Early in the morning of Saturday, January 18, 2003, 02-64001 was found down in his feedshed near his heater. The technicians, Barb and Brian, experienced in emergency crane care, rushed him to the veterinary hospital on Center, and after placing him in a heated pen, contacted both the veterinarian on duty, Dr. Patty Bright, and our regular veterinarian, Dr. Olsen, who was attending crane meetings in California. In a short time, 02-64001 began to rally, lifting his head, looking around, and even attempting to stand. 02-64001 was only a few weeks shy of 39 years, and had had other sudden bouts of illness, but had always recovered, so we had hopes that this would follow that pattern. Dr. Bright treated 02-64001 with injectable fluids and steroids, and consulted with Dr. Olsen about an appropriate treatment regimen for the next few days. They decided to also administer antibiotics, and continue fluids and steroids until the bird was well enough for diagnostic blood work, which might tell them more about the nature of the problem.

Unfortunately, despite Canus’ attempt to rally, he died during treatment a few hours later. It was a terrible shock to all of us.  In spite of his age, 02-64001 had always fought back against the odds and had always been so strong– it was hard to imagine anything defeating him.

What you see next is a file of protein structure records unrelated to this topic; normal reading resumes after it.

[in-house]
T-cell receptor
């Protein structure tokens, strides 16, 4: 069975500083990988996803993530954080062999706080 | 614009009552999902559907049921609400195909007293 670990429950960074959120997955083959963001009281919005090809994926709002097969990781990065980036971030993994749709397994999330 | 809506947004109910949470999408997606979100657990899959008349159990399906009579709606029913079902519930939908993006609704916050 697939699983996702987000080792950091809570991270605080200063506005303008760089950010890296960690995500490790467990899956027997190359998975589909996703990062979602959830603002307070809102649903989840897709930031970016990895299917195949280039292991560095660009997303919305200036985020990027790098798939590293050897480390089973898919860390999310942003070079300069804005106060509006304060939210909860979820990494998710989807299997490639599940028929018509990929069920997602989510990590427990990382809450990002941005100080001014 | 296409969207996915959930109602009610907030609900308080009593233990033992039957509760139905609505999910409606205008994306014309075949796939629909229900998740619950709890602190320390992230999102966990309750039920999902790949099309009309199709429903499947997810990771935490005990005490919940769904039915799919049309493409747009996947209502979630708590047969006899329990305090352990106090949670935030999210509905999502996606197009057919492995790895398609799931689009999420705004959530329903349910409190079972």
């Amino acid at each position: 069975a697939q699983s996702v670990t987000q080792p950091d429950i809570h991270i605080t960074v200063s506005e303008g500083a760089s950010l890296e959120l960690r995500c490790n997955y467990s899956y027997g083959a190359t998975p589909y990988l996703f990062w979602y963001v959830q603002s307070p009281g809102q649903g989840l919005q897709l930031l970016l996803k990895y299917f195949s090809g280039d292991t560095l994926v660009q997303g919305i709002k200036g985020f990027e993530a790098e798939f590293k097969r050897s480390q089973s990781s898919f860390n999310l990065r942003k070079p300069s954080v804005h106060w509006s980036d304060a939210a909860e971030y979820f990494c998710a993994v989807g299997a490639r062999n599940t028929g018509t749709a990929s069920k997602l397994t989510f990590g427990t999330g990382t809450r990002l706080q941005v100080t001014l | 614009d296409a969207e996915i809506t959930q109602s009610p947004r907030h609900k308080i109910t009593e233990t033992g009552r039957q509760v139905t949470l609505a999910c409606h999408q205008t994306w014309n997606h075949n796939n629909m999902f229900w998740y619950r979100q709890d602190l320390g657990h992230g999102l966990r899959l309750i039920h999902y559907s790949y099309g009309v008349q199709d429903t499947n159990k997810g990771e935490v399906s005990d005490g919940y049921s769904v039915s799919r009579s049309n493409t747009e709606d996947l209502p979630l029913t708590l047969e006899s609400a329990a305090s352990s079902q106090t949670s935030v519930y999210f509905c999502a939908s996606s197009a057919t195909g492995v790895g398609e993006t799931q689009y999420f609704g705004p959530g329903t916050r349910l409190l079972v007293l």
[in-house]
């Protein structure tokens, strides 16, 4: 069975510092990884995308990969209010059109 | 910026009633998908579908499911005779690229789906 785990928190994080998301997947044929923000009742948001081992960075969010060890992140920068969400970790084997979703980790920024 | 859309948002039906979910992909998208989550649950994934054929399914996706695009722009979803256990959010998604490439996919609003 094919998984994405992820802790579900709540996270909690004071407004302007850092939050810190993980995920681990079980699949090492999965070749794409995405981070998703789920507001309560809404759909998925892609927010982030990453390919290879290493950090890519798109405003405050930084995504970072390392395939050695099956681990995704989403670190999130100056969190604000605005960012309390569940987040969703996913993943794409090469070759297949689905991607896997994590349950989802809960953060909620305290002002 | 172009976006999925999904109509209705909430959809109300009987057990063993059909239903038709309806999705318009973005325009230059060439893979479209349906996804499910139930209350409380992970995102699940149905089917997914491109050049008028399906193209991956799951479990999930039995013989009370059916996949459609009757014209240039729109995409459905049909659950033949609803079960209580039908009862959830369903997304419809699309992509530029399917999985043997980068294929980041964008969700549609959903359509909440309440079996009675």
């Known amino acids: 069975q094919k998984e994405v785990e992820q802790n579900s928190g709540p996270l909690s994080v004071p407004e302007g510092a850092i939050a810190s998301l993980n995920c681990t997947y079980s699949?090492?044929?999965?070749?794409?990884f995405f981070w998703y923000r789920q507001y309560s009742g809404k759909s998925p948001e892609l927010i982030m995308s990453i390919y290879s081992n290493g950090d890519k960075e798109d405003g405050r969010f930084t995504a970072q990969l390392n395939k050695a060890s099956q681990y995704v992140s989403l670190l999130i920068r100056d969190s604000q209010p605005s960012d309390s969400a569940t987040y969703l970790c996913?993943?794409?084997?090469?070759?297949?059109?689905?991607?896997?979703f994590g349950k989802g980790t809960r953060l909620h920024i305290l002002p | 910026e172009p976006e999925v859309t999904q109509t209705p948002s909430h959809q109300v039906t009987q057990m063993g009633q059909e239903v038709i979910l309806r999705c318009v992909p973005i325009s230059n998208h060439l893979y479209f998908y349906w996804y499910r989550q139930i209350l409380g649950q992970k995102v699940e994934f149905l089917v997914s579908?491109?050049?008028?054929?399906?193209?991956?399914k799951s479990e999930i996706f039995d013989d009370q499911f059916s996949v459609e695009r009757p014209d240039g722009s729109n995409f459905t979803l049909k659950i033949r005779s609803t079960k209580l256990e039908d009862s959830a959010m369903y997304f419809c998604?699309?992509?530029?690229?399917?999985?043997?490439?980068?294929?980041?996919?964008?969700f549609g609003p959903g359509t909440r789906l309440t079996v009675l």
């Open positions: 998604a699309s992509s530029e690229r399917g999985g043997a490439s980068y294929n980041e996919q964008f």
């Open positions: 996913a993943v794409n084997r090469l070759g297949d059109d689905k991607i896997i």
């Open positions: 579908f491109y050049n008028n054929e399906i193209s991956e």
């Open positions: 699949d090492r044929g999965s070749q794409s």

To the people who care about the fate of endangered species, the numbers of animals is a natural focus. How few, how many.  For those of us who work with these rare animals, each individual under our care is special, unique to themselves, and valuable. In the course of our daily work, we discover their personalities, their individual quirks, and become totally involved in their welfare and that of their offspring. In many ways, 02-64001 embodied our mission — he survived against incredible obstacles, thrived, and showed a wonderful spirit and will to live. Even while we grieve his loss, we have to celebrate the success that was his life. And in the offspring he has left us, he’ll live on, both here at Patuxent, and free in the wild.


Lucky, the whooper who fledged this year (2003) to wild parents in central Florida (these birds are part of the non-migratory flock that lives in Florida year round), has separated from his parents and is living on his own. It’s normal for young birds to separate from their parents a few months before breeding season. Lucky is associating with wild sandhills and whoopers, and picking good habitat. He has his own radio transmitter so that the Florida biologists  can keep track of him. He should be almost completely white by now. * Unfortunately, Lucky was killed by a bobcat in 2010. To see a two part video about Lucky click on:      Then select “Lucky the Whooping Crane” (be sure and watch both Parts 1 and 2).

After reading the article and viewing “Lucky the Whooping Crane”, we trust that you will understand why many cherish these birds.